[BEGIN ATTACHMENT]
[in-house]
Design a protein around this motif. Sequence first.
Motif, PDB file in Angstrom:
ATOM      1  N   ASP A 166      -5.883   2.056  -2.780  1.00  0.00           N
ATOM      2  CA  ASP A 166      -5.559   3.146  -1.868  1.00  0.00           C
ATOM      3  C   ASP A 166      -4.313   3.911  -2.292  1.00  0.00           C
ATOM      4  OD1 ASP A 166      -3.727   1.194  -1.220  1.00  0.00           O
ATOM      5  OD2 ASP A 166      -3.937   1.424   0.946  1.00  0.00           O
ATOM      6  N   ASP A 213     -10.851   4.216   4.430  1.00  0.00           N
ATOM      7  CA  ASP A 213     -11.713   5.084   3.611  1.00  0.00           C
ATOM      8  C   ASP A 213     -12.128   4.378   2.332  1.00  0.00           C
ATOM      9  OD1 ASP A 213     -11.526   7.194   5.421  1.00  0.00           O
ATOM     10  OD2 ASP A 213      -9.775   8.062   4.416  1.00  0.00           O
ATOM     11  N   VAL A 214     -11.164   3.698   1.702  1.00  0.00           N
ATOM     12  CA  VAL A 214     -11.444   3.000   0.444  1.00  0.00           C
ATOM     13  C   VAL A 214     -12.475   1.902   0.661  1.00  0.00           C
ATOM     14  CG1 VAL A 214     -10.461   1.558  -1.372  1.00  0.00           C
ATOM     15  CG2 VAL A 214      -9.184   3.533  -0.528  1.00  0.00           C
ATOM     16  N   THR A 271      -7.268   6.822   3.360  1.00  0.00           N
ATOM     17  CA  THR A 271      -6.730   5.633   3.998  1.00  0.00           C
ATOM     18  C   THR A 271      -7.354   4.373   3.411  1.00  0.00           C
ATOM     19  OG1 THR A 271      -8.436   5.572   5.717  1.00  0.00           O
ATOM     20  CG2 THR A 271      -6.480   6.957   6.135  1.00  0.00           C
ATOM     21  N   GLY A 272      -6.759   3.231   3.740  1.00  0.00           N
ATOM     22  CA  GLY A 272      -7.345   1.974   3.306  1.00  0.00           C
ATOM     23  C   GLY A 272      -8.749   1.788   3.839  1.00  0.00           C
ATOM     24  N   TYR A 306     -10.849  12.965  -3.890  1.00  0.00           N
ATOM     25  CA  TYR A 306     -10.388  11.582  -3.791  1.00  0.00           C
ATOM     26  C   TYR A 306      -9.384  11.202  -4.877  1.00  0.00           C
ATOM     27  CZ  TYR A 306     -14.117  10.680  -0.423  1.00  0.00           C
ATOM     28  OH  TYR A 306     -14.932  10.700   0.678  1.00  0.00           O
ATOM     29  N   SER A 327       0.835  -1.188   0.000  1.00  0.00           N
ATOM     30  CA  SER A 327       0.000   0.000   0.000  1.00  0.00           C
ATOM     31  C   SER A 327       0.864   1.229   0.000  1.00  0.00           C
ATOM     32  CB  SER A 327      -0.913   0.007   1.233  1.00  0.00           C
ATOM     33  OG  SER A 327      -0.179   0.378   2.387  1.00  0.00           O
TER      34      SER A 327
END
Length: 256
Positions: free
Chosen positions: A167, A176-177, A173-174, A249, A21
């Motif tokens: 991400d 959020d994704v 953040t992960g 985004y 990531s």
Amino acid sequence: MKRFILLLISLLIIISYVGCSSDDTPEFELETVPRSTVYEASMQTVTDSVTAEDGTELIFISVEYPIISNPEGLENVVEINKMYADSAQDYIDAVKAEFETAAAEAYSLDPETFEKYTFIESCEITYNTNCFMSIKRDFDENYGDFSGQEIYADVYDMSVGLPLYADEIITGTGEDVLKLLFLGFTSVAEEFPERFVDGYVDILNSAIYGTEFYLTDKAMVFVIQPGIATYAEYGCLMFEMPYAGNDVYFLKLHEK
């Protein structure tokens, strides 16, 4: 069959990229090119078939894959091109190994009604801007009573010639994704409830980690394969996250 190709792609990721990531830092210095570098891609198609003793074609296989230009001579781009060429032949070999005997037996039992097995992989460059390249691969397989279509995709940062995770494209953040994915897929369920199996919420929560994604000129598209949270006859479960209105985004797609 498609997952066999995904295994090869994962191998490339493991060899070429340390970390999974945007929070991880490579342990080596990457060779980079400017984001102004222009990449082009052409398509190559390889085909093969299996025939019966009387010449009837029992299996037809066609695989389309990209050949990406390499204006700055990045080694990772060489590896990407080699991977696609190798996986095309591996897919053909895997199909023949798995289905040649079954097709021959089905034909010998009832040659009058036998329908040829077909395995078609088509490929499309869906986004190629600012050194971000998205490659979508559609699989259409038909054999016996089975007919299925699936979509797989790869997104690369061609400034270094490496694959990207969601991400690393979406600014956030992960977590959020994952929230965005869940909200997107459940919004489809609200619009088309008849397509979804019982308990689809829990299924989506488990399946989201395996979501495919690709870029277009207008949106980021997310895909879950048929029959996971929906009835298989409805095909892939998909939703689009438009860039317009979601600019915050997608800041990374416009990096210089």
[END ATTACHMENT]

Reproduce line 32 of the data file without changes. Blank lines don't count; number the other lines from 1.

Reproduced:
ATOM     29  N   SER A 327       0.835  -1.188   0.000  1.00  0.00           N